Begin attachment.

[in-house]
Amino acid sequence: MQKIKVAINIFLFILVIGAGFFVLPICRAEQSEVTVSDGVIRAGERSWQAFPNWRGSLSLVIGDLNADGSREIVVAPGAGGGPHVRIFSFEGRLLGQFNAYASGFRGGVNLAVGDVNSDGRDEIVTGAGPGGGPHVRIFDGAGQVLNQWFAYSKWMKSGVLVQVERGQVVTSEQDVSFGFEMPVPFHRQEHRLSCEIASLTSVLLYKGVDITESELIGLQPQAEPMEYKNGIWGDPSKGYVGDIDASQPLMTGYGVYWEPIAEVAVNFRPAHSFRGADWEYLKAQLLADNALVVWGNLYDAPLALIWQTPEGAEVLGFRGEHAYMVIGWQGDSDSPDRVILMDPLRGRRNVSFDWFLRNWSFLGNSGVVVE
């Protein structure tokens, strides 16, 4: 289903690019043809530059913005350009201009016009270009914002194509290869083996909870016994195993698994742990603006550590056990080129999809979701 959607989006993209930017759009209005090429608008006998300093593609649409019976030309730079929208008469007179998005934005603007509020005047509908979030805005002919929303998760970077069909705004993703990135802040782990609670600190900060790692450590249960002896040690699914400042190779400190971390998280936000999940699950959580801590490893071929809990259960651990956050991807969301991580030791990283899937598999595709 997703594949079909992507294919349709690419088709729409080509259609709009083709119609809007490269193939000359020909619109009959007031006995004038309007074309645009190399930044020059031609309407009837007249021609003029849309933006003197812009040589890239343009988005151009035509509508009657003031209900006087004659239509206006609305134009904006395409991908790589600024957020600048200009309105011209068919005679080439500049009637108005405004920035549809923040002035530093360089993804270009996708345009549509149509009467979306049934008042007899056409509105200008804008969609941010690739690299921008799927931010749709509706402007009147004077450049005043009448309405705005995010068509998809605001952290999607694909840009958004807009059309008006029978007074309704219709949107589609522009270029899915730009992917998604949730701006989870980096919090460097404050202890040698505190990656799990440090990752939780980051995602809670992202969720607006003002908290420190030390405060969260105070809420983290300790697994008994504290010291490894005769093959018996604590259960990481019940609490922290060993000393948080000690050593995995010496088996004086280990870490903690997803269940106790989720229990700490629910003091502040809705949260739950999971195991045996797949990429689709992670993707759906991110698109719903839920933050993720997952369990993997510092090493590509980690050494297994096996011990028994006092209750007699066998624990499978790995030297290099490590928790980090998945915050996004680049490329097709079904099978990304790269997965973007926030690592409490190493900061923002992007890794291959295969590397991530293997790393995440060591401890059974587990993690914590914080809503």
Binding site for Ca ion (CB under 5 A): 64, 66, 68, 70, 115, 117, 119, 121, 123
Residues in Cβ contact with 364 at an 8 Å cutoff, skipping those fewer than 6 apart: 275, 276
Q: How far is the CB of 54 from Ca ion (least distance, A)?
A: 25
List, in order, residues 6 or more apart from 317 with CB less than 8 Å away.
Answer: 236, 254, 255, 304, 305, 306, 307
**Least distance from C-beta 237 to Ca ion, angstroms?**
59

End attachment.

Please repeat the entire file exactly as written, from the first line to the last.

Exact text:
[in-house]
Amino acid sequence: MQKIKVAINIFLFILVIGAGFFVLPICRAEQSEVTVSDGVIRAGERSWQAFPNWRGSLSLVIGDLNADGSREIVVAPGAGGGPHVRIFSFEGRLLGQFNAYASGFRGGVNLAVGDVNSDGRDEIVTGAGPGGGPHVRIFDGAGQVLNQWFAYSKWMKSGVLVQVERGQVVTSEQDVSFGFEMPVPFHRQEHRLSCEIASLTSVLLYKGVDITESELIGLQPQAEPMEYKNGIWGDPSKGYVGDIDASQPLMTGYGVYWEPIAEVAVNFRPAHSFRGADWEYLKAQLLADNALVVWGNLYDAPLALIWQTPEGAEVLGFRGEHAYMVIGWQGDSDSPDRVILMDPLRGRRNVSFDWFLRNWSFLGNSGVVVE
């Protein structure tokens, strides 16, 4: 289903690019043809530059913005350009201009016009270009914002194509290869083996909870016994195993698994742990603006550590056990080129999809979701 959607989006993209930017759009209005090429608008006998300093593609649409019976030309730079929208008469007179998005934005603007509020005047509908979030805005002919929303998760970077069909705004993703990135802040782990609670600190900060790692450590249960002896040690699914400042190779400190971390998280936000999940699950959580801590490893071929809990259960651990956050991807969301991580030791990283899937598999595709 997703594949079909992507294919349709690419088709729409080509259609709009083709119609809007490269193939000359020909619109009959007031006995004038309007074309645009190399930044020059031609309407009837007249021609003029849309933006003197812009040589890239343009988005151009035509509508009657003031209900006087004659239509206006609305134009904006395409991908790589600024957020600048200009309105011209068919005679080439500049009637108005405004920035549809923040002035530093360089993804270009996708345009549509149509009467979306049934008042007899056409509105200008804008969609941010690739690299921008799927931010749709509706402007009147004077450049005043009448309405705005995010068509998809605001952290999607694909840009958004807009059309008006029978007074309704219709949107589609522009270029899915730009992917998604949730701006989870980096919090460097404050202890040698505190990656799990440090990752939780980051995602809670992202969720607006003002908290420190030390405060969260105070809420983290300790697994008994504290010291490894005769093959018996604590259960990481019940609490922290060993000393948080000690050593995995010496088996004086280990870490903690997803269940106790989720229990700490629910003091502040809705949260739950999971195991045996797949990429689709992670993707759906991110698109719903839920933050993720997952369990993997510092090493590509980690050494297994096996011990028994006092209750007699066998624990499978790995030297290099490590928790980090998945915050996004680049490329097709079904099978990304790269997965973007926030690592409490190493900061923002992007890794291959295969590397991530293997790393995440060591401890059974587990993690914590914080809503």
Binding site for Ca ion (CB under 5 A): 64, 66, 68, 70, 115, 117, 119, 121, 123
Residues in Cβ contact with 364 at an 8 Å cutoff, skipping those fewer than 6 apart: 275, 276
Q: How far is the CB of 54 from Ca ion (least distance, A)?
A: 25
List, in order, residues 6 or more apart from 317 with CB less than 8 Å away.
Answer: 236, 254, 255, 304, 305, 306, 307
**Least distance from C-beta 237 to Ca ion, angstroms?**
59